Over the past few weeks in my new career as a business analyst, I realized something that I took for granted about my economics degree - it teaches liberal arts first and foremost. In addition to the math heavy courses I learned, such as econometrics and microeconomics, I also learned valuable skills that liberal arts are designed to teach - communication and creativity.
Maybe I am biased towards my own past but I think a liberal arts degree is better preparation for a career in business, especially in areas where independent thought, communication, and creativity are needed for success.
I would be lying if I said that companies valued liberal arts majors over business or skill based majors. The data suggesting one is better than the other in terms of income earned show mixed results, but companies do value the skills that a liberal arts degree teaches.
A survey found that critical thinking, teamwork, creativity, and communication were the most valued skills of fresh college graduates by employers. These skills outranked ‘practical’ knowledge.
Like most people though, employers say one thing and do another when it comes to hiring. The New York Federal Reserve publishes data regarding college major and employment. Their data showed that skill-based degrees have the lowest unemployment and underemployment rates.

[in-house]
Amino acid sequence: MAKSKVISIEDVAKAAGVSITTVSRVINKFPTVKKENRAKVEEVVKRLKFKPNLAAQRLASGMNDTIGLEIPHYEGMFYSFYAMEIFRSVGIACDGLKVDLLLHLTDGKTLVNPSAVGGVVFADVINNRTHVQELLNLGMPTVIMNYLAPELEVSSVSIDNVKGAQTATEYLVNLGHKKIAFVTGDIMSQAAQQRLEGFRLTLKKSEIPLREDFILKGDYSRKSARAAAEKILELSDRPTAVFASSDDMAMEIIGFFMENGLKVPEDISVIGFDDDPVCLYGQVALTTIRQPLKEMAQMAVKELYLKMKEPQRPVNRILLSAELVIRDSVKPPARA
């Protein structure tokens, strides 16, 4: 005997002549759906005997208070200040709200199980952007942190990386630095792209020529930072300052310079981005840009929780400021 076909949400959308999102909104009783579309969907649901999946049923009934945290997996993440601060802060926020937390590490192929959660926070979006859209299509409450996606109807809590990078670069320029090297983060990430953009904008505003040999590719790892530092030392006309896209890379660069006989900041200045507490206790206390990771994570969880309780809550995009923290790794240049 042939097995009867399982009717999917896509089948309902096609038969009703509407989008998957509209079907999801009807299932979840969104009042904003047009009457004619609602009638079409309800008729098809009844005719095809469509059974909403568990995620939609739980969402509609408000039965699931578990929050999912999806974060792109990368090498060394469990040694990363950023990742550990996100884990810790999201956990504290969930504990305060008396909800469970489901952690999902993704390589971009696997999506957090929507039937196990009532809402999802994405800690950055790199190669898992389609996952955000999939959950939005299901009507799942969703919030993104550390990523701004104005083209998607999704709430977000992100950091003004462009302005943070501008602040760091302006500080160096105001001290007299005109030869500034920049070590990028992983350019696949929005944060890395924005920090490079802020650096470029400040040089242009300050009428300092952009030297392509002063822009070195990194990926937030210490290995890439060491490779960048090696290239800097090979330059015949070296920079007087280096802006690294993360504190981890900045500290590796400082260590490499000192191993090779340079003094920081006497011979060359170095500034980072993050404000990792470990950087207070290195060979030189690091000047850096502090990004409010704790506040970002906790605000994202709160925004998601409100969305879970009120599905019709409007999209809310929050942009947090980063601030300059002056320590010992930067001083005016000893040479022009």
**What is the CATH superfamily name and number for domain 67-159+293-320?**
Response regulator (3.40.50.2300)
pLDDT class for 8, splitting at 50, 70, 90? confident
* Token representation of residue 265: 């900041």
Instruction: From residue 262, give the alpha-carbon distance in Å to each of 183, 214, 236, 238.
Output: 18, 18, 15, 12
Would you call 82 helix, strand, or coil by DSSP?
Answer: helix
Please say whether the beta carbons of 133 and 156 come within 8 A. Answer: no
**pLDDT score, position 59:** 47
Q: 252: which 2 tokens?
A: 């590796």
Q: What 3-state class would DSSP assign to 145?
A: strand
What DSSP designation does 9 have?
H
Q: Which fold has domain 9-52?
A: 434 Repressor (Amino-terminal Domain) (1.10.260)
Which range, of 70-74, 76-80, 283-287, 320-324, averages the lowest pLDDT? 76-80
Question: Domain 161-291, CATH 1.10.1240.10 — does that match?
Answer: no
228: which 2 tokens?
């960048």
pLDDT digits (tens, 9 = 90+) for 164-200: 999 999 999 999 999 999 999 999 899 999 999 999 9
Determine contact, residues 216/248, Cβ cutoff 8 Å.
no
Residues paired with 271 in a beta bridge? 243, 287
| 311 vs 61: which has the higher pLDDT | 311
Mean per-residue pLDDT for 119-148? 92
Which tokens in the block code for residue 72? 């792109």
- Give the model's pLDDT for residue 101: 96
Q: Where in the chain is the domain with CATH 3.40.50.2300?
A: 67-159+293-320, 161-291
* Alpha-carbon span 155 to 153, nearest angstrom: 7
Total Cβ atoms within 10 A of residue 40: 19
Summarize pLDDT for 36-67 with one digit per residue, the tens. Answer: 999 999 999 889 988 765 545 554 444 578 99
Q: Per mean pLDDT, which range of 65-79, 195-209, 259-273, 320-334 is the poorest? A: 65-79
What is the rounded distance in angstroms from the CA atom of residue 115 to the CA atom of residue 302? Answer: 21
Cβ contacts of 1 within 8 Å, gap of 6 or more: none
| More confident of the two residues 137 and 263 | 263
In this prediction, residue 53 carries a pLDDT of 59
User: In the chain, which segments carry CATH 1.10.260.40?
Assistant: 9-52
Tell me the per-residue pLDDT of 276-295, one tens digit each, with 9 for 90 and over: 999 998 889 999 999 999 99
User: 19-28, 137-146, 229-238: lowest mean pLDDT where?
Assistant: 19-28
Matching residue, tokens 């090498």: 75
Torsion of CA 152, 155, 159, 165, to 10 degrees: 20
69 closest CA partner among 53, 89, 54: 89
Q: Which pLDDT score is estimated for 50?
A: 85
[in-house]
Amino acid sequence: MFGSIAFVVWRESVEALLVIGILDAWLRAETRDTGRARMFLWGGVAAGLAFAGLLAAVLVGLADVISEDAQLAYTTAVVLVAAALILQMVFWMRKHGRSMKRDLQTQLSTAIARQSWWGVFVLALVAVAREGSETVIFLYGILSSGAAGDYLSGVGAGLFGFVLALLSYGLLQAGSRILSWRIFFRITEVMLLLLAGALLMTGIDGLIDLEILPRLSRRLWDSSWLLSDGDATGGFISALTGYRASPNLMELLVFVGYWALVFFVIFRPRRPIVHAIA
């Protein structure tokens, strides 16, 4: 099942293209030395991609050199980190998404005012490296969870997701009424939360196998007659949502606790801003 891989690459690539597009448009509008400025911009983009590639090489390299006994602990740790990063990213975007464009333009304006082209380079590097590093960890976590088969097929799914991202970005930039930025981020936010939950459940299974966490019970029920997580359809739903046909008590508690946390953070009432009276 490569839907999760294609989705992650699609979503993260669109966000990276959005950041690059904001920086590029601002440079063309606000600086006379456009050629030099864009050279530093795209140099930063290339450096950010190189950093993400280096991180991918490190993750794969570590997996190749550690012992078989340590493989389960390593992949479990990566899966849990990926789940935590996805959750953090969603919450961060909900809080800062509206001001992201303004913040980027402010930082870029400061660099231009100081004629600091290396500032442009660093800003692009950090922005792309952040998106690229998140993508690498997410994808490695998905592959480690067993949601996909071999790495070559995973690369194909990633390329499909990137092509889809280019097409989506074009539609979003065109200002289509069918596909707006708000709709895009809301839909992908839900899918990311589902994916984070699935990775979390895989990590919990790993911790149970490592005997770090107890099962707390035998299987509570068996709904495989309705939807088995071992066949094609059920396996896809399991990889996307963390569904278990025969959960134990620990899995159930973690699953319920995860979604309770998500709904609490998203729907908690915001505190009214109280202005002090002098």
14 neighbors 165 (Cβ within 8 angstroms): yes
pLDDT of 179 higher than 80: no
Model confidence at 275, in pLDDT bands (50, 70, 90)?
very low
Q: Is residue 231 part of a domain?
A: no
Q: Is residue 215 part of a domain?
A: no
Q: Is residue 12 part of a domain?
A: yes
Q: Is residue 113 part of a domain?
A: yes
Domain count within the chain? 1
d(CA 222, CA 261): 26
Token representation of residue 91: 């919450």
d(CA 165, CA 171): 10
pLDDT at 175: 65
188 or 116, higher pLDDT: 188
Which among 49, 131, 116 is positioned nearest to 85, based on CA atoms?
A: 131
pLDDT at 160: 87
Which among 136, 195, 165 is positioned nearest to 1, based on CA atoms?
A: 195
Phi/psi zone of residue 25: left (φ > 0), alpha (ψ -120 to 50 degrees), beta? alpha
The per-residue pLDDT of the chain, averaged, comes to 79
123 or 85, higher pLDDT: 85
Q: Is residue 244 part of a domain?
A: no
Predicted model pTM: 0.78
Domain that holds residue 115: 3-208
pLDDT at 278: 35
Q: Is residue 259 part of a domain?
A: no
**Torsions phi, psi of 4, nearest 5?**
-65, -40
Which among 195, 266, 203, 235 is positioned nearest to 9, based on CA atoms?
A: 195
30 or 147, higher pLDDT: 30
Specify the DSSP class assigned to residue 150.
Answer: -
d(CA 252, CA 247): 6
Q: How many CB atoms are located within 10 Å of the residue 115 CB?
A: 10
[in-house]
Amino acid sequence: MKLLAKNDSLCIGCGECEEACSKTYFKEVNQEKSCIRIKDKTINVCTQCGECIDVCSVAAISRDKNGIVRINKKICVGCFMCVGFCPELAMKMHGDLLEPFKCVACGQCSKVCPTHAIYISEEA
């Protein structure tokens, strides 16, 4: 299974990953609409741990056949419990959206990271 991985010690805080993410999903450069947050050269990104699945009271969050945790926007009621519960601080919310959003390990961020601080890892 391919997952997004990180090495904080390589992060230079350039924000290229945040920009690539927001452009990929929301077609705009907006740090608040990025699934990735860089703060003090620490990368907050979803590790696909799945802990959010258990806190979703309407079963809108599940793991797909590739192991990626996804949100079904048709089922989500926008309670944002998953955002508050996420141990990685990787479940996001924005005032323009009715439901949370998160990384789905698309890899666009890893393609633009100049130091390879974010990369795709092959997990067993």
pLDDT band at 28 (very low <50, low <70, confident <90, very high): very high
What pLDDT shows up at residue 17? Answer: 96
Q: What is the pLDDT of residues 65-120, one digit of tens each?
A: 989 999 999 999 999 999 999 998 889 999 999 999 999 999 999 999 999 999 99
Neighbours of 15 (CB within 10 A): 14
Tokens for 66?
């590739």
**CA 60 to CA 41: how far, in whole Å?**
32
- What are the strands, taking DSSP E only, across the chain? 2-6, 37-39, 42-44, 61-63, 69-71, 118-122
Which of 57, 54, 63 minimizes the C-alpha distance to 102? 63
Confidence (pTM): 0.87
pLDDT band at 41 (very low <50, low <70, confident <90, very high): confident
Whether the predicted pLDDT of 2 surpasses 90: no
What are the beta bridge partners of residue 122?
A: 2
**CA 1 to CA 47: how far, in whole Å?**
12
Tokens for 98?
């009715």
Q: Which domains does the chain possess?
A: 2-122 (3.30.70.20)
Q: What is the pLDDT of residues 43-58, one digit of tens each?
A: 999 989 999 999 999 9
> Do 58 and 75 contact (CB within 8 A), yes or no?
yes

The evidence absolutely says that skill based majors such as education, nursing, and engineering are a better path to job security. The degrees with the twelve lowest unemployment rates include:
Animal and plant sciences
When you factor in salary, engineering dominates the top ranks. The degrees with the highest starting incomes include:
Not everyone wants to be an engineer though, which probably is a good thing for engineers who want to keep supply low and their salaries high.
Outside of skilled based degrees, non-finance and non-accounting business majors do not outpace liberal arts majors. Political science majors earn a median starting income of $38,000. That is equal to the the median business management starting income. The political science major ends up having a median mid-career salary of $71,000 a year, which is $10,000 a year more than the business management degree at $61,000.
The political science major has a lower underemployment rate as well, but it does have a higher unemployment rate by 2%.
Why do political science majors end up outearning the business management ones? I say it probably comes down to the soft skills I mentioned earlier that most employers value.
There is a book called Academically Adrift: Limited Learning on College Campuses explored the improvements in skills like critical thinking and communication. They found that traditional liberal arts majors showed a vast improvement in these skills compared to business, education, social work, and, most ironically, communication.
If you are in a career where these skills are important and change is constant, a liberal arts major is lightyears ahead of most non-skilled business majors. If you haven't gone to college and yet and are worried about the risks involved in pursuing that type of degree, buy my ebook. I dedicate a whole chapter to explaining how to make a liberal arts degree worth it.